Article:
Cousteau’s project was oriented toward the future. Referring to his divers as “oceanauts,” he wished to uncover a new world through “space exploration,” to link inner and outer space. His environmental ethos concerned not so much humankind as it did planet Earth, the oceans in particular.
Cousteau: Commandant or Man Fish?
Throughout his fifty-year career, Cousteau developed two public personas that were seemingly at odds with one another. On the one hand, he was the ‘Commandant Cousteau,’ the captain. This figure was first reported on the pages of Life Magazine in November 1950, in a photographic essay that featured “underwater wonders.” Here, a forty-year-old French naval commandant was introduced to the American public as a free diver and filmmaker whose seven films would soon be released. Cousteau, according to the accompanying commentary, intended to make “oceanographic studies around the world.” The text went on to explain that “He does not expect to encounter any difficulties…because like any well-bred visitor, he usually respects the inhabitants of the watery world he invades and in turn is usually unmolested.” 
While this might well have been Cousteau’s general approach, the wonders of the sea occasionally featured dramatic and violent interactions with fish. One encounter with an octopus showed Cousteau’s close collaborator Frédérique Dumas being sprayed in the face by ink. In another film, Cousteau and his team encountered a “deadly” shark, pictured head-on through Cousteau’s lens in “a nose-to-nose close-up.” The caption to this image in which the shark eerily resembles a submarine, reads: “‘It was not until this moment,’ says Cousteau solemnly, ‘that I realized the seriousness of the situation.’” 
In contrast, one year later, in 1951, France’s Paris Match magazine would introduce a decidedly different Cousteau to the French public, describing the retired naval officer as l’homme-poisson – the man-fish – who, in his efforts to connect with the ocean’s inhabitants, was learning to imitate and swim like fish. Paris Match published Cousteau’s first color photographs of the ocean floor – indeed, the first such photographs in the world, according to the article. Cousteau would play up this anthropomorphic identity in his 1952 article for National Geographic, “Fish Men Explore a New World Undersea.”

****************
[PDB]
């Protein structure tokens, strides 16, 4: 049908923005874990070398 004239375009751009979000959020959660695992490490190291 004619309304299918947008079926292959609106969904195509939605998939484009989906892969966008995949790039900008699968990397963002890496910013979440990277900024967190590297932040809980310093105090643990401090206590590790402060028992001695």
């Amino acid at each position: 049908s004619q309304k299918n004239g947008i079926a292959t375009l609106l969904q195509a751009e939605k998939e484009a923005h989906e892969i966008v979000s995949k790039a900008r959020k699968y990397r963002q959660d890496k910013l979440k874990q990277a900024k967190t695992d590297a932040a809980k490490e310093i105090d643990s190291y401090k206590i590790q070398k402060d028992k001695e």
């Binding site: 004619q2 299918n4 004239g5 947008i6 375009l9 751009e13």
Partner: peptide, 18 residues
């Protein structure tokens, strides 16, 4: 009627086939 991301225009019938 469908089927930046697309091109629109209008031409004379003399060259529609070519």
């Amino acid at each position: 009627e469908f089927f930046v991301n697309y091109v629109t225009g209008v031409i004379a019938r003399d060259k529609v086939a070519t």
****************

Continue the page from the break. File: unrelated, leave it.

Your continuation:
Arguably, one of the reasons for Cousteau’s success might well lie in the movement between these two figures, one of knowledge (the commandant) and the other, l’homme-poisson was a kind of composite being. These two figures provide a mediation between ground and water, stable and unstable worlds. As Daston and Katharine Park explain, hybrid beings are “exotic races.” They are not singular aberrations that would make them monsters. They hold fascination because of their meaning rather than their form.”  In Cousteau’s case these beings represented the future of the planet. Indeed, in their lightweight costumes and their high tech gear – featuring underwater scooters and diving saucers, specially designed cameras and sonar – they pointed toward a new mediated mobility as our future world. Cousteau’s advanced technology was always a signature of his enterprise.
According to Cousteau’s biographers, he was (like Disney) inspired to create underwater explorations for film by Verne’s 20,000 Leagues Under the Sea. Though neither a scientist nor engineer, Cousteau was devoted to both science and engineering, which came together in cinema. He began experimenting with diving gear and underwater cameras during the war and, in 1943, he co-invented, with Émile Gagnan – the Aqualung – the first successful self-contained underwater breathing apparatus (scuba), which revolutionized both diving and deep-sea photography by creating compressed and regulated portable air. His innovations in diving equipment were motivated by his desire to film underwater, which required an ability to descend to greater depths and to remain underwater for longer periods of time. Of course, his innovations in both diving and cinema also enabled him to provide valuable information to the French Underground and the military during WWII. 
This combination of engineering, science and filmmaking would define the ‘commandant’ in the red-knit cap, a persona that Cousteau would present consistently in the following decades. From the beginning of his early documentaries, Cousteau had worked with Philippe Tailliez and Fréderic Dumas; they called themselves “les Musquemers.” Underwater films had always been plagued by lighting problems, and they struggled with light from early on, in Par 18mm de fond (1942) and in the award-winning Epaves (1943), which, with its sunken ships, shark fishing and underwater choreography, was in so many ways a rough draft of The Silent World. Cousteau took inspiration from the underwater photographs of Louis Boutan, which had been published in 1893, and by the underwater photographs and films created by the English journalist John Ernest Williamson, whose images were created through a deep-sea tube. He was equally admiring of the beautiful surrealist documentaries of his contemporary Jean Painlevé who documented anthropocentric animal movement in water tanks. Yet Cousteau was singled minded in his desire to film life underwater, and his team recorded at greater depths than any of his predecessors.